By Ehichioya Ezomon
Except in a few states, where the rug was rudely pulled from under the feet of so-called “leaders” of the party, proponents of the aborted tenure elongation for officials of the ruling All Progressives Congress dominated the contentious May 5 (and even Saturday’s May 12) congresses held across the country.
Thus, the outcome was more of sighs and hisses than smiles. Which is why there’s outpouring of calls for cancellation of the balloting in many states, especially in areas where aspirants were hoping to upstage officials that had overstayed their welcome.
Recall that the tenure advocates had boasted about their grassroots’ spread and reach in the states, and that canvassing extension in office was to save the APC from implosion that acrimonious congresses and conventions often precipitate. So, the Chief John Odigie-Oyegun-headed National Working Committee, chapter chairmen and most of the state governors stressed this fear of divisiveness, to seek additional 12 months for the party officials at all levels.
Although the tenure champions won the day, they had just a one-month reprieve – from February 27 to March 27, 2018 – before the “superior argument” of President Muhammadu Buhari vitiated their dream of one more year to their original term due to expire next month (June).
Buhari’s foreshadowing was that, apart from infringing on constitutionally-mandated periodic elections into political offices, the positions thus elongated would constitute mere “caretaker committees,” which could not legally endorse candidates for any elections, as the courts had pronounced.
To avoid any legal jeopardy arising from such lacuna, the National Executive Committee of the APC voted for the congresses and a national convention, and asked interested aspirants, whether old or new members, and the current office holders, to go into the field and sell themselves to the party voters.
Well, the congresses held, and the tenure prolongation partisans and their patron-governors were proved right. They did not only hold sway in the states, but the balloting was a throwback to the larger Nigerian electoral atmosphere signposted by omens of rowdiness, manipulation, and bloody skirmishes.
In the midst of a dustup in Delta State, a chairmanship aspirant in Jeremi Ward 10, Ughelli South local government council, Mr. Jeremiah Oghoveta, was stabbed to death. In Bauchi State, aggrieved party supporters set ablaze the Ningi local government secretariat when results of the congresses in some wards did not favour their faction.
And in Rivers State, on the eve of the exercise, dissatisfied members vandalized the APC secretariat in Port Harcourt. A High Court in the city suffered the same fate last Friday before the local government congresses. Thugs of both factions of the APC, reportedly joined by those of the external Peoples Democratic Party, vandalized the court that was considering a motion to stop the elections.
Reports from other states were no less unsavory, with accusations of devious shutting out of aspirants unaligned with the power brokers – majorly current and past governors. Those sidelined were heavyweight politicians: former governors, former and serving minsters and lawmakers, and financiers, some of who had sacrificed more for the APC than the incumbents in the states.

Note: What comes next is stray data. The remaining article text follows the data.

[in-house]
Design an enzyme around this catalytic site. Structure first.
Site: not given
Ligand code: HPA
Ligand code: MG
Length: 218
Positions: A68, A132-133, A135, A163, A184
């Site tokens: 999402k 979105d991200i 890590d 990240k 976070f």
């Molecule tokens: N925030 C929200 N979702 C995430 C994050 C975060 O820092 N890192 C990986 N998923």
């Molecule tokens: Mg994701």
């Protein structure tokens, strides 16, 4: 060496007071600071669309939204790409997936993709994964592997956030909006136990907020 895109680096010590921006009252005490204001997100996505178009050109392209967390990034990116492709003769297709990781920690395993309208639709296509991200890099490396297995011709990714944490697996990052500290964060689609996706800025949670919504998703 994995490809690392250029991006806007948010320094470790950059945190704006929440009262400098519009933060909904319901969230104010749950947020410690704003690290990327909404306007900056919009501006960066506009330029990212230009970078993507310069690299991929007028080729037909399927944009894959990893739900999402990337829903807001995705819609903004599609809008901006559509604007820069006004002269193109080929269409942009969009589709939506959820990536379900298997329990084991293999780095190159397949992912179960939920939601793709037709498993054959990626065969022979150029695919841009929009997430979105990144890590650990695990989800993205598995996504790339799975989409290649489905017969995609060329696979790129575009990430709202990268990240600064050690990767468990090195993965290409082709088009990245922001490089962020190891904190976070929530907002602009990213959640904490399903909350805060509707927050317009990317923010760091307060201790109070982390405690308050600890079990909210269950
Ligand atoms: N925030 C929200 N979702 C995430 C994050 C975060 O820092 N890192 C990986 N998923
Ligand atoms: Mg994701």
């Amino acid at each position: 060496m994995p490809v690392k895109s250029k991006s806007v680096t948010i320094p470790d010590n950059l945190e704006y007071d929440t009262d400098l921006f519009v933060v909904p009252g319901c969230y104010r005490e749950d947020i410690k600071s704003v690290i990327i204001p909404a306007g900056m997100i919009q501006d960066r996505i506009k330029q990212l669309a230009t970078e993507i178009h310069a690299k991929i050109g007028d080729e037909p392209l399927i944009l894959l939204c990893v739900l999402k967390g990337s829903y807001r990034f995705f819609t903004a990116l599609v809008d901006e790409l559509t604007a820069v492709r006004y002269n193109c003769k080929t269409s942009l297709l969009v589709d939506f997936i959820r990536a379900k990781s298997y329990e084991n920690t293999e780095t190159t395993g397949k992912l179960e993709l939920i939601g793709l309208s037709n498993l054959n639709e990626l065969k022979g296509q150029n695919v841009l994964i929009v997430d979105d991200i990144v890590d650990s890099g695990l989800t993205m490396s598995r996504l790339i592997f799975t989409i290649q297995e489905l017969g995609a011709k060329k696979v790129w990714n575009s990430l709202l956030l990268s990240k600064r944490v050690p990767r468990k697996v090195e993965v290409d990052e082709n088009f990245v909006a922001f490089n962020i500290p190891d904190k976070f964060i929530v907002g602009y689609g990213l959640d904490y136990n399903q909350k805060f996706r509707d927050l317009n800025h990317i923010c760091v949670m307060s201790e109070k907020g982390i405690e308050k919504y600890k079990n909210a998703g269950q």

Some examples: In Kaduna State, Governor Nasir el-Rufai outsmarted his main challengers, Senators Shehu Sani and Suleiman Hunkuyi, by resorting to affirmation of candidates in all the wards, prompting the lawmakers to declare that “no congresses” ever held.
The camp of the Minister of Transportation and former governor, Mr. Rotimi Amaechi, employed the Option A4 system of voting to gain all seats in the wards in Rivers State, and thus outwitted the faction led by Senator Magnus Abe, whose governorship ambition Amaechi opposes.
In Kano State, Governor Abdullahi Ganduje and his estranged political godfather and former governor, Senator Rabiu Kwankwaso, held parallel congresses. Also in Kogi State, the rival groups of Governor Yahaya Bello and Mohammed Audu/James Faleke (Reps member) conducted parallel congresses.
However, there were astounding congresses in some states. In Imo, Governor Rochas Okorocha was worsted by a combination of APC chieftains, who seized the election materials, to the exclusion of the governor’s supporters. Okorocha would hurriedly report the humiliating experience to President Buhari, who was in Daura, Katsina State, to participate in the congresses.
Factional APC members in Oyo State, led by the Minister of Communications, Mr. Adebayo Shittu, though reportedly manhandled by political thugs, celebrated their “defeat” of the camp of Governor Abiola Ajimobi at the ward congresses.
In Bauchi State, the Speaker of the House of Representatives, Mr. Yakubu Dogara, and his supporters skipped the congresses, which Governor Mohammed Abdullahi Abubakar and his faction claimed with relish.
Similarly, the APC national chair, Chief Oyegun, stayed away from the voting in his home-base, Edo State, which chapter has thrown up former Governor Adams Oshiomhole to contest for that position at the national convention in June. Oshiomhole, who formally declared that interest in Abuja on Thursday, has the backing of President Buhari.
With the results of the council congresses on Saturday equally being scandalized by the “losers,” the fissures in the APC, going into the 2019 elections, may be deepening, to the “we-said-so” amusement of the tenure elongation enthusiasts.
* Mr. Ezomon, Journalist and Media Consultant, writes from Lagos, Nigeria.